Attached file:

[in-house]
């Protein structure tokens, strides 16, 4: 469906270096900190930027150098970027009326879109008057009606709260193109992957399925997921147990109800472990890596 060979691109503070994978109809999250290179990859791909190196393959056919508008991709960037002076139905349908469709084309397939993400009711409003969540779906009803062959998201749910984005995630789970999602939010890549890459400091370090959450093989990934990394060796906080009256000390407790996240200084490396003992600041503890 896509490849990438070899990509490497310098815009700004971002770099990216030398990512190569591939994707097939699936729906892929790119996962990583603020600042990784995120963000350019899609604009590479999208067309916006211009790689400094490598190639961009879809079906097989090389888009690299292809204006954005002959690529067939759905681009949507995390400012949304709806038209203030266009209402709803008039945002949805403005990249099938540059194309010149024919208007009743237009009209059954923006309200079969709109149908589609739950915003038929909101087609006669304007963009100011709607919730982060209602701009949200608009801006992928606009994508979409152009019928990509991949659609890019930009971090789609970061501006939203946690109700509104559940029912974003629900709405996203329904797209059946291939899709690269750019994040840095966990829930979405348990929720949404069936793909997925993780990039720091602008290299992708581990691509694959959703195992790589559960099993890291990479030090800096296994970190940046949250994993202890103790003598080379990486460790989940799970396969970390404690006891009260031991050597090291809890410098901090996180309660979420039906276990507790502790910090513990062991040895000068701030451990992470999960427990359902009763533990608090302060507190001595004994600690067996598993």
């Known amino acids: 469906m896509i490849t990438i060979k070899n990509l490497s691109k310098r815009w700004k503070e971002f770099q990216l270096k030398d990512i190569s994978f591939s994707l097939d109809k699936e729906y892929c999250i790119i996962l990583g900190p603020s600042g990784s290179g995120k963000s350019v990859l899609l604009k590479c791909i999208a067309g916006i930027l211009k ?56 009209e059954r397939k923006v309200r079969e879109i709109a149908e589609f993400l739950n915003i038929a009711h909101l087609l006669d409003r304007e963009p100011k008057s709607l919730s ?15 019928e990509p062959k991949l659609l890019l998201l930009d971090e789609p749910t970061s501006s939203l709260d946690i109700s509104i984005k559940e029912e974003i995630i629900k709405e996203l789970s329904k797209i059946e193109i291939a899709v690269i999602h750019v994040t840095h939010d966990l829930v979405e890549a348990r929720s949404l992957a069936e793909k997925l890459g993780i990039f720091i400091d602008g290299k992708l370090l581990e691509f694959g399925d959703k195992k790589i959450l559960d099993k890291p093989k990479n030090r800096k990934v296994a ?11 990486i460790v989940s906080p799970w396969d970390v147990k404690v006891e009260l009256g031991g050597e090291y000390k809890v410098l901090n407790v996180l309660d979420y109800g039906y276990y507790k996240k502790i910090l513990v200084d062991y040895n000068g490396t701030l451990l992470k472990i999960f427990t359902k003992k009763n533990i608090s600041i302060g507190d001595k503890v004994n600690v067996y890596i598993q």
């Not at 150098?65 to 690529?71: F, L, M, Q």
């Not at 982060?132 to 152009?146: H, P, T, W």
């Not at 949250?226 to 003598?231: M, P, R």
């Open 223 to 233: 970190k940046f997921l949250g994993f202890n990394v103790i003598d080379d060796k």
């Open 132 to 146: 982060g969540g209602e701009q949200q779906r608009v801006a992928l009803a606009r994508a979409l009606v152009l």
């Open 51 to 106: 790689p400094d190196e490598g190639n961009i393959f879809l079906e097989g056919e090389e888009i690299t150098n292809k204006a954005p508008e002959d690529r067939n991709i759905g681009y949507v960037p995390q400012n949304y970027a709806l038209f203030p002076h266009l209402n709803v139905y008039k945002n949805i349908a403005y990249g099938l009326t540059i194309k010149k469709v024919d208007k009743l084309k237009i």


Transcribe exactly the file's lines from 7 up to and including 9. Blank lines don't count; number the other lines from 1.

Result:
């Open 223 to 233: 970190k940046f997921l949250g994993f202890n990394v103790i003598d080379d060796k």
């Open 132 to 146: 982060g969540g209602e701009q949200q779906r608009v801006a992928l009803a606009r994508a979409l009606v152009l």
């Open 51 to 106: 790689p400094d190196e490598g190639n961009i393959f879809l079906e097989g056919e090389e888009i690299t150098n292809k204006a954005p508008e002959d690529r067939n991709i759905g681009y949507v960037p995390q400012n949304y970027a709806l038209f203030p002076h266009l209402n709803v139905y008039k945002n949805i349908a403005y990249g099938l009326t540059i194309k010149k469709v024919d208007k009743l084309k237009i």